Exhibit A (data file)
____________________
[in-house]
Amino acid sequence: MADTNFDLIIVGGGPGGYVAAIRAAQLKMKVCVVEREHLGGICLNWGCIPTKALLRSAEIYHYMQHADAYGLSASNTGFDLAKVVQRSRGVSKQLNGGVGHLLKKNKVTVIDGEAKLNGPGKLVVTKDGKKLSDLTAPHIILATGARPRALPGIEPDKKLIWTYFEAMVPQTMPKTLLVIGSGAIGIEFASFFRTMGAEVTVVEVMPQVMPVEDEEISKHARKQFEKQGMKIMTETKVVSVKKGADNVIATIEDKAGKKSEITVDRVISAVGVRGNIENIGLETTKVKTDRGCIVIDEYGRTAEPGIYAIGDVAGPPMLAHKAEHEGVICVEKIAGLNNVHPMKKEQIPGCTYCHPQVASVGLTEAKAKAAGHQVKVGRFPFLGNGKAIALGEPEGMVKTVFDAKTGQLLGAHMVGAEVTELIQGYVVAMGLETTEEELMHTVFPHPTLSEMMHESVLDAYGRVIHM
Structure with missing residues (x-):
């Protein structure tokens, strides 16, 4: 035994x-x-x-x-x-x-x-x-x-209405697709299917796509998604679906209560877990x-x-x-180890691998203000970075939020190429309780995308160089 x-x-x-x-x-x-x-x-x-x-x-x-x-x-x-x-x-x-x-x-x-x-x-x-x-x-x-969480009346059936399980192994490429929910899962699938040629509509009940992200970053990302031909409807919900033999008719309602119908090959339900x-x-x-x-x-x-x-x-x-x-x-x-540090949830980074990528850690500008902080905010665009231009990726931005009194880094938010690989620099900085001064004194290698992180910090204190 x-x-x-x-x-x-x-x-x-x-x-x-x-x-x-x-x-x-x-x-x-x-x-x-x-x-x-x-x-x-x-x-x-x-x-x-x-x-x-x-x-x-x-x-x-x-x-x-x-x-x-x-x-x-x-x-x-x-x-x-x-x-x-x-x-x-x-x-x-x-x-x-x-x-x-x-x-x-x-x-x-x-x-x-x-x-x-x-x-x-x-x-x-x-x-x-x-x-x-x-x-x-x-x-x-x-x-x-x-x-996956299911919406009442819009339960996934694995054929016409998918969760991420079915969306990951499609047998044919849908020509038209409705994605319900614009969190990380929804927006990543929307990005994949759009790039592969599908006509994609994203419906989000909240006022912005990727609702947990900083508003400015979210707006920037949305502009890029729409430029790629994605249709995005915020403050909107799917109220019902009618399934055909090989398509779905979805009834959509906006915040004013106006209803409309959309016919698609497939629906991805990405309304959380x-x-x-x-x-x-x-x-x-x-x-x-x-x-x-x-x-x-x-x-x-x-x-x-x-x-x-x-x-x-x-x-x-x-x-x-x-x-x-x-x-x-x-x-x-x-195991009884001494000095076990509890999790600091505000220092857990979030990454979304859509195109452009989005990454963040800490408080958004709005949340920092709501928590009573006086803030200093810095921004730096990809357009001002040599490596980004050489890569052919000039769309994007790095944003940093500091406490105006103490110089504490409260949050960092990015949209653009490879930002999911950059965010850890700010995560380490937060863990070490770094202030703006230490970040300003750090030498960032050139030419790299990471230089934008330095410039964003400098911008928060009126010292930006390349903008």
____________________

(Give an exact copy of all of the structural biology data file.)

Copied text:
[in-house]
Amino acid sequence: MADTNFDLIIVGGGPGGYVAAIRAAQLKMKVCVVEREHLGGICLNWGCIPTKALLRSAEIYHYMQHADAYGLSASNTGFDLAKVVQRSRGVSKQLNGGVGHLLKKNKVTVIDGEAKLNGPGKLVVTKDGKKLSDLTAPHIILATGARPRALPGIEPDKKLIWTYFEAMVPQTMPKTLLVIGSGAIGIEFASFFRTMGAEVTVVEVMPQVMPVEDEEISKHARKQFEKQGMKIMTETKVVSVKKGADNVIATIEDKAGKKSEITVDRVISAVGVRGNIENIGLETTKVKTDRGCIVIDEYGRTAEPGIYAIGDVAGPPMLAHKAEHEGVICVEKIAGLNNVHPMKKEQIPGCTYCHPQVASVGLTEAKAKAAGHQVKVGRFPFLGNGKAIALGEPEGMVKTVFDAKTGQLLGAHMVGAEVTELIQGYVVAMGLETTEEELMHTVFPHPTLSEMMHESVLDAYGRVIHM
Structure with missing residues (x-):
């Protein structure tokens, strides 16, 4: 035994x-x-x-x-x-x-x-x-x-209405697709299917796509998604679906209560877990x-x-x-180890691998203000970075939020190429309780995308160089 x-x-x-x-x-x-x-x-x-x-x-x-x-x-x-x-x-x-x-x-x-x-x-x-x-x-x-969480009346059936399980192994490429929910899962699938040629509509009940992200970053990302031909409807919900033999008719309602119908090959339900x-x-x-x-x-x-x-x-x-x-x-x-540090949830980074990528850690500008902080905010665009231009990726931005009194880094938010690989620099900085001064004194290698992180910090204190 x-x-x-x-x-x-x-x-x-x-x-x-x-x-x-x-x-x-x-x-x-x-x-x-x-x-x-x-x-x-x-x-x-x-x-x-x-x-x-x-x-x-x-x-x-x-x-x-x-x-x-x-x-x-x-x-x-x-x-x-x-x-x-x-x-x-x-x-x-x-x-x-x-x-x-x-x-x-x-x-x-x-x-x-x-x-x-x-x-x-x-x-x-x-x-x-x-x-x-x-x-x-x-x-x-x-x-x-x-x-996956299911919406009442819009339960996934694995054929016409998918969760991420079915969306990951499609047998044919849908020509038209409705994605319900614009969190990380929804927006990543929307990005994949759009790039592969599908006509994609994203419906989000909240006022912005990727609702947990900083508003400015979210707006920037949305502009890029729409430029790629994605249709995005915020403050909107799917109220019902009618399934055909090989398509779905979805009834959509906006915040004013106006209803409309959309016919698609497939629906991805990405309304959380x-x-x-x-x-x-x-x-x-x-x-x-x-x-x-x-x-x-x-x-x-x-x-x-x-x-x-x-x-x-x-x-x-x-x-x-x-x-x-x-x-x-x-x-x-x-195991009884001494000095076990509890999790600091505000220092857990979030990454979304859509195109452009989005990454963040800490408080958004709005949340920092709501928590009573006086803030200093810095921004730096990809357009001002040599490596980004050489890569052919000039769309994007790095944003940093500091406490105006103490110089504490409260949050960092990015949209653009490879930002999911950059965010850890700010995560380490937060863990070490770094202030703006230490970040300003750090030498960032050139030419790299990471230089934008330095410039964003400098911008928060009126010292930006390349903008």